The roads I’m talking about are but one broad lane wide, with absolutely no shoulders, and not even a center line. They are never straight. The edges of the road are carefully painted with white stripes to let you know, with certainty, where the edge is. When you meet oncoming traffic, you’d best be on the white line or your mirrors may kiss each other. Trucks don’t drive these roads, so narrow are they. These roads are routinely very winding and follow the topography, not cutting straight through hills and slopes as more modern roads do. They follow paths laid out centuries ago by animals, knights and stage coaches. They tend to be lined by heavy growth of bushes and trees, and the trees frequently meet overhead so that you have the impression of driving through a brushy green tunnel. There are leaves on the road that fly up behind you. On the uphill sides of these meandering roads the bank of the hills are usually reinforced with old red sandstone blocks, which are green with the moss that grows down their sides. The foliage opens up as you approach each ancient village, as the towns on these roads tend to be old indeed. And as you leave one town, you can usually see the red tiled roofs of the next village just a few kilometers further down the road. Entering again the green tunnel, you never can see too far ahead. The twists of the road are such that as you round one curve in the road, you are approaching another curve with more surprises in store. Wonderful.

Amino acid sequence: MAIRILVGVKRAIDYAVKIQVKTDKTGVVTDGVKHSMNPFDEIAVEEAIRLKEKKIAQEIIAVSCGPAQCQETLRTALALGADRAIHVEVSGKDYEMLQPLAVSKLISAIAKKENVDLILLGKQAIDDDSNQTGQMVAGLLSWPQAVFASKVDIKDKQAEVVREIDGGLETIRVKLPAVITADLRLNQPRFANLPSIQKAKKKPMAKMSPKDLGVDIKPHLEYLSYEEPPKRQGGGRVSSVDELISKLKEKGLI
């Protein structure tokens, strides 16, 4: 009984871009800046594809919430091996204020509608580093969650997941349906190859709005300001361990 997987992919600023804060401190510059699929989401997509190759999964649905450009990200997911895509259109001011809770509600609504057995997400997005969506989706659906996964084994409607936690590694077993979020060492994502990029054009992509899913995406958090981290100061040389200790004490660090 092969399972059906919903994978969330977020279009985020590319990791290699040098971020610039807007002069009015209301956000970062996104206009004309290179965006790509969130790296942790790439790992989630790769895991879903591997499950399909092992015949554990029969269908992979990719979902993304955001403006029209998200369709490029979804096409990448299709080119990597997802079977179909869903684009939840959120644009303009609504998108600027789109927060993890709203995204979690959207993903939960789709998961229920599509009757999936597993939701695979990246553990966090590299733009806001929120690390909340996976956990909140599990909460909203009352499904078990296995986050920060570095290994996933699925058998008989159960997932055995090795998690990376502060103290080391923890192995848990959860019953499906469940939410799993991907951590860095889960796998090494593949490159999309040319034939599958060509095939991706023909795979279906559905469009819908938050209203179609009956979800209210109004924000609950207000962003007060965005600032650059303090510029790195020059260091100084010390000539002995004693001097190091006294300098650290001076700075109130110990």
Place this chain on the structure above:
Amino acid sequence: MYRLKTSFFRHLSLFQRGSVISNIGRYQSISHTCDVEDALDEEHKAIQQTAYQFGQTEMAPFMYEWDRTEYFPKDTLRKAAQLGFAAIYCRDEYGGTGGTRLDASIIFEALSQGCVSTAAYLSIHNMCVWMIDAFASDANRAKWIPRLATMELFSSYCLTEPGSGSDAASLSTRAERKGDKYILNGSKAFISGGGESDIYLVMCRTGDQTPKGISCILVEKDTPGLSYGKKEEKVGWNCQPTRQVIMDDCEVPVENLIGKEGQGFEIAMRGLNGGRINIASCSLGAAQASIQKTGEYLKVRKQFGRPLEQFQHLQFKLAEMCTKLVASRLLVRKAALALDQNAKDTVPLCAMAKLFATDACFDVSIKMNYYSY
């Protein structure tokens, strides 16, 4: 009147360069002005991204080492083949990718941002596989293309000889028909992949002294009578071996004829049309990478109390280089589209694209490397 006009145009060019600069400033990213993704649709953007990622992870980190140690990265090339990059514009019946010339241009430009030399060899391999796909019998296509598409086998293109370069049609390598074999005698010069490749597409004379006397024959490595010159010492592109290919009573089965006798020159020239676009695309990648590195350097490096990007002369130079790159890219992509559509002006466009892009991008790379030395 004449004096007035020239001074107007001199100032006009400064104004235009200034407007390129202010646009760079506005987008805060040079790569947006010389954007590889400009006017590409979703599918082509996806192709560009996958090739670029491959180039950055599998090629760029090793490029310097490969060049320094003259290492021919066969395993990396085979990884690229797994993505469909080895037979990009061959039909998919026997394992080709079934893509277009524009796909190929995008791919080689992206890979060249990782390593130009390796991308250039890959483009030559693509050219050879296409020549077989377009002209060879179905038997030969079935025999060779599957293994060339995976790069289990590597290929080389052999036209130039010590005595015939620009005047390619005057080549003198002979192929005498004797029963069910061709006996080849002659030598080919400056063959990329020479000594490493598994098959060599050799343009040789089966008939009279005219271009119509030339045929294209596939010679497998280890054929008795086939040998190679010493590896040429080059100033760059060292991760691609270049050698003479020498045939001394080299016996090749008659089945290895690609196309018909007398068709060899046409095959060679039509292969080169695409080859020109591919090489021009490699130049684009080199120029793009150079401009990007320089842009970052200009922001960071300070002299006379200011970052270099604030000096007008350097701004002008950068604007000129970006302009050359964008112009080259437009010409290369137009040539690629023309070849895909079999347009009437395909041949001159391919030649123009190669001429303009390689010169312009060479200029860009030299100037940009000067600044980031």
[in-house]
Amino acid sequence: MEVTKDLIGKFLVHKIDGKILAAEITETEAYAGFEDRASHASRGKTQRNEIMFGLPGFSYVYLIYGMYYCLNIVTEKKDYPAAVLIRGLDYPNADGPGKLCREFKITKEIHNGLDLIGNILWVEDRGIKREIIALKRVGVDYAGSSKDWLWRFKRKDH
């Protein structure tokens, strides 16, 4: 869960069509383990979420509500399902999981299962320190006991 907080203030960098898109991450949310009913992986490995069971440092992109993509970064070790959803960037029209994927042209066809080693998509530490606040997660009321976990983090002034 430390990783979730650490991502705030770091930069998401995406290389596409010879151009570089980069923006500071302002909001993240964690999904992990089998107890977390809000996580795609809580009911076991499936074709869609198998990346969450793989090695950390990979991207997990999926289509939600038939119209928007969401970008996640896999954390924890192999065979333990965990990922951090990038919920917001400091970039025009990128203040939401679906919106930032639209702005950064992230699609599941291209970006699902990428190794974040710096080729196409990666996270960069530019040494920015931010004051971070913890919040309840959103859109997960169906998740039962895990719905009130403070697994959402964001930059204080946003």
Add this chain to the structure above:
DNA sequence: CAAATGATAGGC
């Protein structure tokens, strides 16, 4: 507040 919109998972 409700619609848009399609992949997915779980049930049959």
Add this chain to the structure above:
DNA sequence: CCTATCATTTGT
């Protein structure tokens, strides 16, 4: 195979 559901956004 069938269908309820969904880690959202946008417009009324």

So we got to Germany safely, but very tired. That was to be expected, even flying in those wonderful business class seats. Everyone suffers from jet lag when you fly to Europe. We checked into a 500 year-old hotel in Miltenberg, a place we’ve stayed many times, and spent a few days there to rest up and get used to the time change. I’ll probably describe the trip itself in some sort of DGA Travelogue for anyone interested, so I’ll not go into too much detail here.

On the third day of our trip we checked out and headed to Heidelberg. It also is a favorite town, and is a place I lived with my family in the 1950s when I was a naughty little boy. But now, our friends the Bakers live there. We’ve known each other for a couple of decades, since our days in El Paso in the ‘80s. Brian is a doc at the American hospital there, and our plan was for him to order a blood test for me, to make sure that my white count wasn’t falling any further. I had promised my doc here in town that I would do that before he let me go on the trip. (What we would have done if I was actually getting critically ill during the trip is a matter of conjecture)